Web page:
<ul><li>Soil type will vary from location to location. </li></ul><ul><li>Soil type and soil profile will provide productiv...
Combining ‘Horse and Farmer’ Sense <ul><li>Identify what is currently growing on pasture. </li></ul><ul><li>Identify forag...
Choices for Grasses <ul><li>Growing season:  cool season and warm season </li></ul><ul><li>Annual and perennials </li></ul...
<ul><li>Manage horses for benefit of grass by regulating access, regulating stocking rate, and modifying natural grazing b...
<ul><li>Agronomic practices that are routinely used on horse pastures include: </li></ul><ul><ul><li>Mowing:  overused </l...
So Thanks for the Presentation but:  You Haven’t Answered My Question! <ul><li>What’s the best grass for horses? </li></ul...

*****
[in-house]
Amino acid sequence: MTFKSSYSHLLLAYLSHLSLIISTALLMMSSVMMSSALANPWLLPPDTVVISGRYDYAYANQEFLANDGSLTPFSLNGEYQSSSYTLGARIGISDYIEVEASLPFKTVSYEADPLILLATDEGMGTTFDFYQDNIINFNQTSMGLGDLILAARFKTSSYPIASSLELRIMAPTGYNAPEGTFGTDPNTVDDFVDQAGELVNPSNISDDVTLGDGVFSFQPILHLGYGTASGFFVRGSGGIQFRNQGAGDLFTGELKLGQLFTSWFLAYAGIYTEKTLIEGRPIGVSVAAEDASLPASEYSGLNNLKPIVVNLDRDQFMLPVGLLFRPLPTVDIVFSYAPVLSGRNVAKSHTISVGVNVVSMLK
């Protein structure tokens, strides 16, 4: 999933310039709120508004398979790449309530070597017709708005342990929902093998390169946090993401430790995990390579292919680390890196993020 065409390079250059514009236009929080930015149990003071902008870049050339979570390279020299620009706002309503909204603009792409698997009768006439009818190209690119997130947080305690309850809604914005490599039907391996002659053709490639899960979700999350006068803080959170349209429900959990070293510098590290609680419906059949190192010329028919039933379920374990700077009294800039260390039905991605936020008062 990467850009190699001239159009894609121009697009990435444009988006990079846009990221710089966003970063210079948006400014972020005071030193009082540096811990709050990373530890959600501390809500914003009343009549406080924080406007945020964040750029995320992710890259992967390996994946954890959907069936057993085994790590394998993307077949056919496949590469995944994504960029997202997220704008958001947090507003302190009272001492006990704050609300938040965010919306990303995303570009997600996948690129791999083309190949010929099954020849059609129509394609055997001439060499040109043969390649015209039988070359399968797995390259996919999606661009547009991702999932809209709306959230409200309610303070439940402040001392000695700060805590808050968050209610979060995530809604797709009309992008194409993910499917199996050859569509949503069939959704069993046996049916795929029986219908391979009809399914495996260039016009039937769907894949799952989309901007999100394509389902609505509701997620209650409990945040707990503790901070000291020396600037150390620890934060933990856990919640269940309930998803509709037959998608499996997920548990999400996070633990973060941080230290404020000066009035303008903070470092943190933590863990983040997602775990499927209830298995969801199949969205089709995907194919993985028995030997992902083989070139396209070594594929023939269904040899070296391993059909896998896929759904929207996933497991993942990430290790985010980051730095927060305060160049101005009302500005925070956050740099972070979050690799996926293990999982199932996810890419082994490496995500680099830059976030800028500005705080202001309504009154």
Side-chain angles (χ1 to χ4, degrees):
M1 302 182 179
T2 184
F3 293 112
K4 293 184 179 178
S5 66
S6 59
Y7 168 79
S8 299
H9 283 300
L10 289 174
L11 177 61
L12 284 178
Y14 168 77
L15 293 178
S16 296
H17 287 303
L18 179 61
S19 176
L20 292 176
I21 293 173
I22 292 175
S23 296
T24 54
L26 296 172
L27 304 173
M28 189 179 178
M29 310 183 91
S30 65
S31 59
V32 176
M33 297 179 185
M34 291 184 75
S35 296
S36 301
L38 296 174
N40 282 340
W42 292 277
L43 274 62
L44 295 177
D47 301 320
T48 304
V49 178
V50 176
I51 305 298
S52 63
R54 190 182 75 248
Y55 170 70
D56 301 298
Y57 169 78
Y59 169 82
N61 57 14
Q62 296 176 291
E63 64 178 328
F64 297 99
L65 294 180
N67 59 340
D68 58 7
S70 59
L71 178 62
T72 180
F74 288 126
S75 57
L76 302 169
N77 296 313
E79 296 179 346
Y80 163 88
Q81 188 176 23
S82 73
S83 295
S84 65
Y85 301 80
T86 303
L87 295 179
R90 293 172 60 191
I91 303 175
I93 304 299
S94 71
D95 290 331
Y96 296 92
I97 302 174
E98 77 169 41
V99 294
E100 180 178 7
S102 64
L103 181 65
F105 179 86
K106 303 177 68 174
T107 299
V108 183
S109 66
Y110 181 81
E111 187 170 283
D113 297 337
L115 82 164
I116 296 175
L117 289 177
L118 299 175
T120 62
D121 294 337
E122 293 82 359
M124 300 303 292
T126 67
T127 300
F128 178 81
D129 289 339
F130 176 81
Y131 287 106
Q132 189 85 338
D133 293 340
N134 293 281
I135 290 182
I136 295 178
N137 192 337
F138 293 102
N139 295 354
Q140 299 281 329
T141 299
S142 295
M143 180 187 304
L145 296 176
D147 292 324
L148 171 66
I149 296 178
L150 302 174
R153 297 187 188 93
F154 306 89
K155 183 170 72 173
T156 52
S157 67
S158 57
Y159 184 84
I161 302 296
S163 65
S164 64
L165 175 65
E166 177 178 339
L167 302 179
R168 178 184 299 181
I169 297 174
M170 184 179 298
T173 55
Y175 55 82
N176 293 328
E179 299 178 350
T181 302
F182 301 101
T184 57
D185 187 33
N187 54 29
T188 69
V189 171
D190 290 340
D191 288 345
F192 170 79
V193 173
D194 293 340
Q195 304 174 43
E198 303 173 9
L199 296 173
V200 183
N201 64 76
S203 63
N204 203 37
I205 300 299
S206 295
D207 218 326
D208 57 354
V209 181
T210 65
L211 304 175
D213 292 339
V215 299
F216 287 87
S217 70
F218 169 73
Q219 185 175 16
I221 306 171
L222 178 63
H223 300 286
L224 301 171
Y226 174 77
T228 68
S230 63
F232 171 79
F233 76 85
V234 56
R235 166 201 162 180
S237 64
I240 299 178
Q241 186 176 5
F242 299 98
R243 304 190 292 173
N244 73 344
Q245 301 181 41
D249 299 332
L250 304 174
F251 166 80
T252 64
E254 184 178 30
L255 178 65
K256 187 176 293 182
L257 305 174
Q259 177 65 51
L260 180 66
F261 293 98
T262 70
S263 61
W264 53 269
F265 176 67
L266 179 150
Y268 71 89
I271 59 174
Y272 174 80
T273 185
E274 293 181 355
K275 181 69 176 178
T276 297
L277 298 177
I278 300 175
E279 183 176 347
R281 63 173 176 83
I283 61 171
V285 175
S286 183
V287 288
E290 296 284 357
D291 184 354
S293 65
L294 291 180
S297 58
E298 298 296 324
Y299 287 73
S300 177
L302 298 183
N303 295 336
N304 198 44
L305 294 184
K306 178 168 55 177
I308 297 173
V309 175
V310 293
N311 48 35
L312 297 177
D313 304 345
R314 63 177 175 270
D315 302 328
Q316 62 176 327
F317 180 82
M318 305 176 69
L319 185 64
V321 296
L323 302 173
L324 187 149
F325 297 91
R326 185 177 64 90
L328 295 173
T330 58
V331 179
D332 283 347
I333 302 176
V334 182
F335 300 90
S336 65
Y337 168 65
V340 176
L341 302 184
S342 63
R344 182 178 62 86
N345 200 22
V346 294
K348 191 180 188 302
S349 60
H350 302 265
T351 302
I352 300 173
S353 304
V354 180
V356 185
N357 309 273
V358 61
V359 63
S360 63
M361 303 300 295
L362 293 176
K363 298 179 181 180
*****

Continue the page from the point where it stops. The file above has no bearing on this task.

And the Presenter Leaves  You  with Some ‘Points to Ponder’ <ul><li>What’s the economic benefit of improving your pasture ...
Thank you for attending this live web presentation! For more information about  My Horse University please visit us at: ww...
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Pasture Management For Horse Acreages (Freeman)

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Transcript of "Pasture Management For Horse Acreages (Freeman)"

  1. 1. My Horse University and eXtension’s HorseQuest welcome you to this live Webcast. Pasture Management for Horse Acreages Dr. Dave Freeman Oklahoma State University
  2. 2. Meet our presenter: <ul><li>Dr. Dave Freeman </li></ul><ul><li>Oklahoma State University </li></ul>Dr. Christine Skelly Michigan State University Question facilitator: